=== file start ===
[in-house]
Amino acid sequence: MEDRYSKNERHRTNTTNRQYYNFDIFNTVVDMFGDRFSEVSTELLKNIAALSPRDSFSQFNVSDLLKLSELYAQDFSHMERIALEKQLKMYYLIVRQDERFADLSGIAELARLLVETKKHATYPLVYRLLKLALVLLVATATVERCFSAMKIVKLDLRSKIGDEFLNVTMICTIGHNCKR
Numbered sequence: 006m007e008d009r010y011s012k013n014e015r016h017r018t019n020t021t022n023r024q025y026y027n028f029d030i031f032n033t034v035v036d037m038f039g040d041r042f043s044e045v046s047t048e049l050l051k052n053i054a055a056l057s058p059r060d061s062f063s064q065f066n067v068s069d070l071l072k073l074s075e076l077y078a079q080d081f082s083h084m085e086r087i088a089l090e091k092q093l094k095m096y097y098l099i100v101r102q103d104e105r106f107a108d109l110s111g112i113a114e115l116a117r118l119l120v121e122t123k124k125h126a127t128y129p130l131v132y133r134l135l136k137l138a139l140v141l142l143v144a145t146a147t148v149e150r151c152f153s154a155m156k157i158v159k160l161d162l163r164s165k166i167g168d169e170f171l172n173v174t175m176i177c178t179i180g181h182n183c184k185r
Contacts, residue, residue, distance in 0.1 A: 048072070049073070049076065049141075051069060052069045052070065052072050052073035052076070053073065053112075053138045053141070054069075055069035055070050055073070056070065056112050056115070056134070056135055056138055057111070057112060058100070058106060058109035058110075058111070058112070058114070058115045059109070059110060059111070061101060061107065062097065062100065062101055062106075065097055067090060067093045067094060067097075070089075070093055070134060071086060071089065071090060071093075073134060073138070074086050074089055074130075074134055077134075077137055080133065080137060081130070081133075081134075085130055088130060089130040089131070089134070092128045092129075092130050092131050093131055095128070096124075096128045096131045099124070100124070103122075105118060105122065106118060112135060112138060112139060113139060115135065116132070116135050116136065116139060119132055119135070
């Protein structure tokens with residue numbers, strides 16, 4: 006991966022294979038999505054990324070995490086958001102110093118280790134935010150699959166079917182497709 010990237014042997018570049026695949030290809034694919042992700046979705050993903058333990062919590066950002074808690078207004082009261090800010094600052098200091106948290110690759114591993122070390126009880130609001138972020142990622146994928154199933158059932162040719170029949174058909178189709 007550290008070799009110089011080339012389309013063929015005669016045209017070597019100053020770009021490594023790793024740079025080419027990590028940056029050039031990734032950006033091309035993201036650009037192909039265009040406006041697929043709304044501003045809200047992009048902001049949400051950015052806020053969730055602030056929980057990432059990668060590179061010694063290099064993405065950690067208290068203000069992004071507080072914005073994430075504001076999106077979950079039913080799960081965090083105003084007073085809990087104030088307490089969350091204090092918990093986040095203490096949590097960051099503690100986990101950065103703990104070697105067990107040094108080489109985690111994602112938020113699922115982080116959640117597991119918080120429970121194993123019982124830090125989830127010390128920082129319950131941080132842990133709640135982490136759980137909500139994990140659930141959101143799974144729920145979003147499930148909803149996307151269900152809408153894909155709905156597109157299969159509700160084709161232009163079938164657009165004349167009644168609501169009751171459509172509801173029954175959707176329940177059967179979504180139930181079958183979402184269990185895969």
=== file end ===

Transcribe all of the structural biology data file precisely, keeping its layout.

[in-house]
Amino acid sequence: MEDRYSKNERHRTNTTNRQYYNFDIFNTVVDMFGDRFSEVSTELLKNIAALSPRDSFSQFNVSDLLKLSELYAQDFSHMERIALEKQLKMYYLIVRQDERFADLSGIAELARLLVETKKHATYPLVYRLLKLALVLLVATATVERCFSAMKIVKLDLRSKIGDEFLNVTMICTIGHNCKR
Numbered sequence: 006m007e008d009r010y011s012k013n014e015r016h017r018t019n020t021t022n023r024q025y026y027n028f029d030i031f032n033t034v035v036d037m038f039g040d041r042f043s044e045v046s047t048e049l050l051k052n053i054a055a056l057s058p059r060d061s062f063s064q065f066n067v068s069d070l071l072k073l074s075e076l077y078a079q080d081f082s083h084m085e086r087i088a089l090e091k092q093l094k095m096y097y098l099i100v101r102q103d104e105r106f107a108d109l110s111g112i113a114e115l116a117r118l119l120v121e122t123k124k125h126a127t128y129p130l131v132y133r134l135l136k137l138a139l140v141l142l143v144a145t146a147t148v149e150r151c152f153s154a155m156k157i158v159k160l161d162l163r164s165k166i167g168d169e170f171l172n173v174t175m176i177c178t179i180g181h182n183c184k185r
Contacts, residue, residue, distance in 0.1 A: 048072070049073070049076065049141075051069060052069045052070065052072050052073035052076070053073065053112075053138045053141070054069075055069035055070050055073070056070065056112050056115070056134070056135055056138055057111070057112060058100070058106060058109035058110075058111070058112070058114070058115045059109070059110060059111070061101060061107065062097065062100065062101055062106075065097055067090060067093045067094060067097075070089075070093055070134060071086060071089065071090060071093075073134060073138070074086050074089055074130075074134055077134075077137055080133065080137060081130070081133075081134075085130055088130060089130040089131070089134070092128045092129075092130050092131050093131055095128070096124075096128045096131045099124070100124070103122075105118060105122065106118060112135060112138060112139060113139060115135065116132070116135050116136065116139060119132055119135070
């Protein structure tokens with residue numbers, strides 16, 4: 006991966022294979038999505054990324070995490086958001102110093118280790134935010150699959166079917182497709 010990237014042997018570049026695949030290809034694919042992700046979705050993903058333990062919590066950002074808690078207004082009261090800010094600052098200091106948290110690759114591993122070390126009880130609001138972020142990622146994928154199933158059932162040719170029949174058909178189709 007550290008070799009110089011080339012389309013063929015005669016045209017070597019100053020770009021490594023790793024740079025080419027990590028940056029050039031990734032950006033091309035993201036650009037192909039265009040406006041697929043709304044501003045809200047992009048902001049949400051950015052806020053969730055602030056929980057990432059990668060590179061010694063290099064993405065950690067208290068203000069992004071507080072914005073994430075504001076999106077979950079039913080799960081965090083105003084007073085809990087104030088307490089969350091204090092918990093986040095203490096949590097960051099503690100986990101950065103703990104070697105067990107040094108080489109985690111994602112938020113699922115982080116959640117597991119918080120429970121194993123019982124830090125989830127010390128920082129319950131941080132842990133709640135982490136759980137909500139994990140659930141959101143799974144729920145979003147499930148909803149996307151269900152809408153894909155709905156597109157299969159509700160084709161232009163079938164657009165004349167009644168609501169009751171459509172509801173029954175959707176329940177059967179979504180139930181079958183979402184269990185895969």